Long-holding shortcut keys in OS X (and other cool combos)

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I switched to Mac around 10 years ago and have picked up a variety of shortcuts over the years to streamline my workflow. But, something I only found out about this weekend was the “long-hold”.

What’s a long-hold?
Hit your Dashboard key. Your dashboard appears. Hit the key again and it disappears in an equally pleasing manner. Now try it this way: press your Dashboard key (and keep it held), your Dashboard will appear. To make it disappear simply let go of the key!

Where else does this awesome trick work?
Well, since I’ve only just found this out, I’ve not had a huge chance to uncover many goodies, but here’s what I’ve found so far. Leave a comment if you know of any others.

  • Dashboard
  • Exposé
  • Dictionary lookup (Ctrl+Cmd+D)

What other shortcut modifiers don’t I know about?
Clicking menu items, or shortcut keys whilst holding shift or option can do slightly different things, here’s a list of things I’ve discovered, some of which are useful, some not so much:

  • Hold Shift while changing volume to suppress the system click
  • Hold Option while clicking on the volume or wireless menu items changes the menu items
  • Hold Shift while opening Spaces, Dashboard or Exposé – I’ll let you try that out out (very cool)
  • Holding Command allows you to reorder icons on the menu bar by dragging them about
  • When using Command+Tab to switch windows, holding shift as well allows you to move right to left
  • For fine-grain control when dragging scrollbars, hold Option to scroll one pixel at a time
  • Want to drag a window in the background without activating it? Hold Cmd

Those were cool, are there any other shortcuts that need a place in my life?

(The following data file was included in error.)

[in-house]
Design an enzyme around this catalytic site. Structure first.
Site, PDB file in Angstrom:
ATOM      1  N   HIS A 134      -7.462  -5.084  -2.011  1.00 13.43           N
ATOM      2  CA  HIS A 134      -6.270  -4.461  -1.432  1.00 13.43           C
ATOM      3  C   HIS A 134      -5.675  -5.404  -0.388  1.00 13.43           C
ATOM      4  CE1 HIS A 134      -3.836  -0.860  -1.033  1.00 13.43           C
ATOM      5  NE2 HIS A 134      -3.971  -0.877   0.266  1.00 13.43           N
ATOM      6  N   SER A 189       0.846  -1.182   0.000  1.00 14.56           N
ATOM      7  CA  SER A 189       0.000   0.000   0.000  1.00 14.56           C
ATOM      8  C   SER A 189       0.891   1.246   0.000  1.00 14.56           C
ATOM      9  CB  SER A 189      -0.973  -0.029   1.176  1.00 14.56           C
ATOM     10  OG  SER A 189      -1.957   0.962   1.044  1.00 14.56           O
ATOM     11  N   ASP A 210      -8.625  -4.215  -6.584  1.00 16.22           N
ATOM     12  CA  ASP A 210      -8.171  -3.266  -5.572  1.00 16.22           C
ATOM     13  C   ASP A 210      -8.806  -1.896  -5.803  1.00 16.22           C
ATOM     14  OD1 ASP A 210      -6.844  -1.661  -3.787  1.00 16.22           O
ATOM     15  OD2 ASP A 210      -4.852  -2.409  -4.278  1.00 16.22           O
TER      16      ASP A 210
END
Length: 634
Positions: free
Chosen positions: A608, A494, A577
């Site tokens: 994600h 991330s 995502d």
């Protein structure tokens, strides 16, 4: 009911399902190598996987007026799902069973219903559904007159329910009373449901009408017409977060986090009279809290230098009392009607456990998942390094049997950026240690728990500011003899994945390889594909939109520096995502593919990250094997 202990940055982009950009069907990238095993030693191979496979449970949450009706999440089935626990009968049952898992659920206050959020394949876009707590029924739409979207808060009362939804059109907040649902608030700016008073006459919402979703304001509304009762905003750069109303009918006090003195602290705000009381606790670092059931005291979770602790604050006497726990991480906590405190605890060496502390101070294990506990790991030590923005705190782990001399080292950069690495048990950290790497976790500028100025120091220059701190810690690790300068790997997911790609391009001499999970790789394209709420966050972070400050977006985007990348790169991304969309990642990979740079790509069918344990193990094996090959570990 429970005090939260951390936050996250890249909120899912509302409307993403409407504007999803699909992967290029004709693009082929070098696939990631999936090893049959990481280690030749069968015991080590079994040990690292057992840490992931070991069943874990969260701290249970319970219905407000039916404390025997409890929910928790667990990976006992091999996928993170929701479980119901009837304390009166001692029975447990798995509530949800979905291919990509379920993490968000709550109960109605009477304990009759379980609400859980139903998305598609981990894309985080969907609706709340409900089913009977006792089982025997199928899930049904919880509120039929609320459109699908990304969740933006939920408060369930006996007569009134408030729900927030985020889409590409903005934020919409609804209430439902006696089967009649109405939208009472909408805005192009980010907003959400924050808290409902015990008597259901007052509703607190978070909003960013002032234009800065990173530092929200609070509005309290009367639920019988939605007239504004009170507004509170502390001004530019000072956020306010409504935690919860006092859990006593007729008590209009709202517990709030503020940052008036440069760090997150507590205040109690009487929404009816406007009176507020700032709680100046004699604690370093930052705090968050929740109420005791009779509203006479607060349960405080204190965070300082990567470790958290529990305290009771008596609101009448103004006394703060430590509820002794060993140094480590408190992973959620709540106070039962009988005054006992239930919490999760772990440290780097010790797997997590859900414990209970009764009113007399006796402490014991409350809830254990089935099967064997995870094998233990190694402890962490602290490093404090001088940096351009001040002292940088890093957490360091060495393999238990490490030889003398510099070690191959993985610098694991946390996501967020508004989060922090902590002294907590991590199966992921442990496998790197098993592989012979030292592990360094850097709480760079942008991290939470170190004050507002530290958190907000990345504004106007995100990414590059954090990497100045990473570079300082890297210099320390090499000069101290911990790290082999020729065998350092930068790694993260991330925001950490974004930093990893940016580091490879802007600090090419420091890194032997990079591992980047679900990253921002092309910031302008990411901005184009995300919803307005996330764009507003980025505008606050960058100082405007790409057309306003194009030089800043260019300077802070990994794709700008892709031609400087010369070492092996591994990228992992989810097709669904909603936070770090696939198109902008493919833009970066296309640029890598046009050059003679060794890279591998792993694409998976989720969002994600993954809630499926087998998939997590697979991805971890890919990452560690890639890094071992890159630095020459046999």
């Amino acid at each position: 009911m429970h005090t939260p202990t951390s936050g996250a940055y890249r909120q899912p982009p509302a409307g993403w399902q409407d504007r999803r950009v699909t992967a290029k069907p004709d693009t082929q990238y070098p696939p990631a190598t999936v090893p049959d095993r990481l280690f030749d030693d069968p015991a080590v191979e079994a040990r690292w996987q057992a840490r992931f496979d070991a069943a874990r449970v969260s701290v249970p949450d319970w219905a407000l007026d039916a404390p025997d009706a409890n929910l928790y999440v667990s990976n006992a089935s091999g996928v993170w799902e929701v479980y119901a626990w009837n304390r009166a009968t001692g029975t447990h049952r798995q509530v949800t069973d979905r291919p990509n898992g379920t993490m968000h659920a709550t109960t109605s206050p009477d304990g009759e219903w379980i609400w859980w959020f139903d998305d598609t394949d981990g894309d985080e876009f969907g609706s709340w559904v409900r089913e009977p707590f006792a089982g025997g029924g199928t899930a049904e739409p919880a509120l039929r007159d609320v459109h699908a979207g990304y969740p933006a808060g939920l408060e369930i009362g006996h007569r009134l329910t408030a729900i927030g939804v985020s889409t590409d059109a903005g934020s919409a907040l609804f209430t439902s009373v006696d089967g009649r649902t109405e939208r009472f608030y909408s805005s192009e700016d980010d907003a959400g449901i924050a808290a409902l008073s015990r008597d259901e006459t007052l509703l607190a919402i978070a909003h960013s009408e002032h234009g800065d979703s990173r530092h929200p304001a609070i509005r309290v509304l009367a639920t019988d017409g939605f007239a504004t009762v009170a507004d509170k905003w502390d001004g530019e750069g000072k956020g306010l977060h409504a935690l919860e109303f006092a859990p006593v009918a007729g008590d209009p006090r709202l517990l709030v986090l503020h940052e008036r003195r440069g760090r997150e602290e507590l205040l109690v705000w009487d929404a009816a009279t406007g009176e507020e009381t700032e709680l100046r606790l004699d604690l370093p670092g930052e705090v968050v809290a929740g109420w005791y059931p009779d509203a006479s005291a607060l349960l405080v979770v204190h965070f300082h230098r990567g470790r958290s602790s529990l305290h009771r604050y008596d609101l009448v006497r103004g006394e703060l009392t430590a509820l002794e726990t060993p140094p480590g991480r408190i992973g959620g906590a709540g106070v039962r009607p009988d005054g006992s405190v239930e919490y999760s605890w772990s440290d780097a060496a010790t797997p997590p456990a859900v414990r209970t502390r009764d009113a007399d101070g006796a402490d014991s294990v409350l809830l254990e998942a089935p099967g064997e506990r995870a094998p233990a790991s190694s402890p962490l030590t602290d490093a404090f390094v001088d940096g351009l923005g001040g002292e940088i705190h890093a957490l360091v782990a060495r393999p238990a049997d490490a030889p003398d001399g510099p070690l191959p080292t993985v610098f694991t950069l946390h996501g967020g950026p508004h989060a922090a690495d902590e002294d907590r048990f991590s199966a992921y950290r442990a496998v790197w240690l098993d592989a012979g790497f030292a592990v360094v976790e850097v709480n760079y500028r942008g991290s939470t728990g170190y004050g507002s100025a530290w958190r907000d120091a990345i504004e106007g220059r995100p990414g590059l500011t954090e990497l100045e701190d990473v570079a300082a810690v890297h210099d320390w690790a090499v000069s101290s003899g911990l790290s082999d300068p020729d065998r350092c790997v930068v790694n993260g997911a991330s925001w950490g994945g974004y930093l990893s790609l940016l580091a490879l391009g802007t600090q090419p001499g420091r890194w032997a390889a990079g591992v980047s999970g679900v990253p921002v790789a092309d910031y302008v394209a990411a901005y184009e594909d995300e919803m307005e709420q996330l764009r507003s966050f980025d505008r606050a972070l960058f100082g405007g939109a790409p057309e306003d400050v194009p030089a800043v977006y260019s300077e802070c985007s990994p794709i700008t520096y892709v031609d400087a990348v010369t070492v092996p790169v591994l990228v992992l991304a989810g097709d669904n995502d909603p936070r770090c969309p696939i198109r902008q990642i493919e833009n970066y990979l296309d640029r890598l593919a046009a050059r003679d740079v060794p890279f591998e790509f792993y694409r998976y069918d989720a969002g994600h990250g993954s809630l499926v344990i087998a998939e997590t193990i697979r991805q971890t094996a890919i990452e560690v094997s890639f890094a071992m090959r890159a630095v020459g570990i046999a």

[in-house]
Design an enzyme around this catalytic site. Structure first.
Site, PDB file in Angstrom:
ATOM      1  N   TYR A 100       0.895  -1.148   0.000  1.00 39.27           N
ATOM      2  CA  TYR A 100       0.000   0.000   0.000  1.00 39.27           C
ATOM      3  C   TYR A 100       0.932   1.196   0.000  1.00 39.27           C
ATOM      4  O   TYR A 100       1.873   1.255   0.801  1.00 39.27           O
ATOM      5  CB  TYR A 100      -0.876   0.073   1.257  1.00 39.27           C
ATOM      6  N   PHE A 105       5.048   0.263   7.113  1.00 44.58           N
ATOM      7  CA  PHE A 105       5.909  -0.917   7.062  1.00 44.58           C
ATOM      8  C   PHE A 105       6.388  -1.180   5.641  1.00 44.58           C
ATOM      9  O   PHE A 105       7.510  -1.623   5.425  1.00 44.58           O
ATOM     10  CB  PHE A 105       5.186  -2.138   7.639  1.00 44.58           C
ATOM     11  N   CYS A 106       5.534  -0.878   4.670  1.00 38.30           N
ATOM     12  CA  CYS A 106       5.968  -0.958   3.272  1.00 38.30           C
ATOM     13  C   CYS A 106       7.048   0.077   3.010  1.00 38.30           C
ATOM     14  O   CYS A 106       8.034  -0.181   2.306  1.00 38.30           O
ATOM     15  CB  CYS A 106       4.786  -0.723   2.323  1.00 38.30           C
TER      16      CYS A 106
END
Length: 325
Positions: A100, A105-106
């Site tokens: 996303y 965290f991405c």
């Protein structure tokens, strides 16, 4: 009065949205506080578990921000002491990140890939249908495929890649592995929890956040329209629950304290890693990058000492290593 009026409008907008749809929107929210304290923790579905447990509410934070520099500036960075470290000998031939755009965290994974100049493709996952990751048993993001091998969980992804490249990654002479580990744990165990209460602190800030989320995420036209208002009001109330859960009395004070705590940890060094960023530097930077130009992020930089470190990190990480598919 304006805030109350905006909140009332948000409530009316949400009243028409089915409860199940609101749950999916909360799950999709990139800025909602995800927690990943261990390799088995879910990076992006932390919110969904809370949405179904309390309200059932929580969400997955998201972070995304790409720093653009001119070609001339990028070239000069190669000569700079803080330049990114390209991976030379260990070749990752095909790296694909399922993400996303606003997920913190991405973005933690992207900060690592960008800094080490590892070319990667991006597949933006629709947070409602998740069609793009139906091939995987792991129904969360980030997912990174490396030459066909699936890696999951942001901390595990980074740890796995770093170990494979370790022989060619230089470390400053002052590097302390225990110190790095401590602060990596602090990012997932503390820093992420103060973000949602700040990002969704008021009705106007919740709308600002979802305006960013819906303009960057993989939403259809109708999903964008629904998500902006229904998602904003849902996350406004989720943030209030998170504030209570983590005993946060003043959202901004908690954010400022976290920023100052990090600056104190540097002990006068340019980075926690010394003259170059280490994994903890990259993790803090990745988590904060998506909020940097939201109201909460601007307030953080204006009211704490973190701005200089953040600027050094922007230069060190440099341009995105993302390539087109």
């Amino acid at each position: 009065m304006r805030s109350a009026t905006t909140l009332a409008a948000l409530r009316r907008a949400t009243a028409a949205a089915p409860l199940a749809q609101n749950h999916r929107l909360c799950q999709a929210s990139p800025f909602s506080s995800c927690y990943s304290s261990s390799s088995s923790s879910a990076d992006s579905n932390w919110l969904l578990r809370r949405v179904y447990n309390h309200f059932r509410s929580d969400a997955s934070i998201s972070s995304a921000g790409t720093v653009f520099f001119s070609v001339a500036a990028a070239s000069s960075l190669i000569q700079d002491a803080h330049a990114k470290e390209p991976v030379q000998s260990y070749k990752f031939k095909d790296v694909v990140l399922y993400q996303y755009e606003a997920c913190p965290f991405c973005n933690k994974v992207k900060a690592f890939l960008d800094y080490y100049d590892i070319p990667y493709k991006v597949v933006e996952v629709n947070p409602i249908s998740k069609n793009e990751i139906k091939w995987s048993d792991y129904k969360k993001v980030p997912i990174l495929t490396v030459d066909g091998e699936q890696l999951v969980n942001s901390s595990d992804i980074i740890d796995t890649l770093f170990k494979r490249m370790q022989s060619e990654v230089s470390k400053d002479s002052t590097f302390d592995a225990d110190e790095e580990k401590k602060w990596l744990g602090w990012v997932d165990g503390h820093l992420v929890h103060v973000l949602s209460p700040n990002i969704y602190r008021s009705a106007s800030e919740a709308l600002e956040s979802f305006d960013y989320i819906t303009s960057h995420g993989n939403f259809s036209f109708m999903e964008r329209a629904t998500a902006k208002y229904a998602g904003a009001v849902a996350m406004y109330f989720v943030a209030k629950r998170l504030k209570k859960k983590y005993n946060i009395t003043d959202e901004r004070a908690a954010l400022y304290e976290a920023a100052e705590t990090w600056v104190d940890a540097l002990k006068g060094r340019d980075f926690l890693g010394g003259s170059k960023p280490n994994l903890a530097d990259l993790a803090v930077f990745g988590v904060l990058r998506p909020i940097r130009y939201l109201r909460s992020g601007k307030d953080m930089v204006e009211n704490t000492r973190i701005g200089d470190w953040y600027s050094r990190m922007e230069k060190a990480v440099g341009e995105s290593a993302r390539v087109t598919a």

Yep. Some of these are amazingly handy, some not so much!

  • I find windows users complain a lot about the lack of Home and End keys which on a PC keyboard are tucked away somewhere 3 feet to the right of the keyboard.  Life with a Mac is easier as these keys are under your fingers already: Ctrl+A and Ctrl+E (should be familiar to you unix peeps) and Cmd+Left and Cmd+Right for beginning and end of line.
  • Here’s a couple for Safari that I use a lot: Ctrl+L puts focus in the Location bar and Ctrl+Shift+L will open a new window having Googled for the highlighted word 🙂
  • I covered it earlier, but to bring up the dictionary definition of a word in a Coco app: highlight the word and press Ctrl+Cmd+D
  • Ever wanted to blank the screen? Ctrl+Shift+Eject will turn brightness down to nothing.  Moving the mouse or typing will bring it back.  This works with long-holding too.
  • I’ve also noticed Windows users are very familiar with pressing Enter or Delete when highlighting icons in Finder.  On a Mac, the keys you want are Cmd+O to Open the item and Cmd+Delete to move it to the trash.

Please leave a comment if there are any other hidden gems you want to share with the world.


Tracking down a stolen laptop

This is a bit off-topic, but worthwhile sharing.

I recently, rather unfortunately had my laptop stolen and now I have a replacement; I remember hearing about software that could use the built in iSight to take photos of the thieves and mail them back to me.

After looking on the net and finding some rather good, but pay-ware applications, I came across the Prey Project offering an open source free alternative. I went about installing the software and after checking that it worked went about tweaking it to work with how I have my laptop set up.

I use file vault (thank God it was switched on the laptop that was stolen) and have a password on wake so my personal files are secure. However, even with crontab running Prey once a minute, I figured that if the thief couldn’t log into my laptop, it was a bit pointless. So I have used two tactics that will hopefully result in my getting some pictures if the unfortunate were to happen again:

  1. Enable logging in of the Guest account. This means if the thief reboots the laptop (to try and log in as a different user rather than get the password screen from wake), they can log into a sandboxed account with Prey happily snapshotting away.
  2. Put Prey in the crontab that runs for the login screens:

in /private/etc/crontab (this may not exist):

*/1 * * * * cd /usr/share/prey; ./prey.sh

Of course, there are no guarantees, but it’s better than nothing.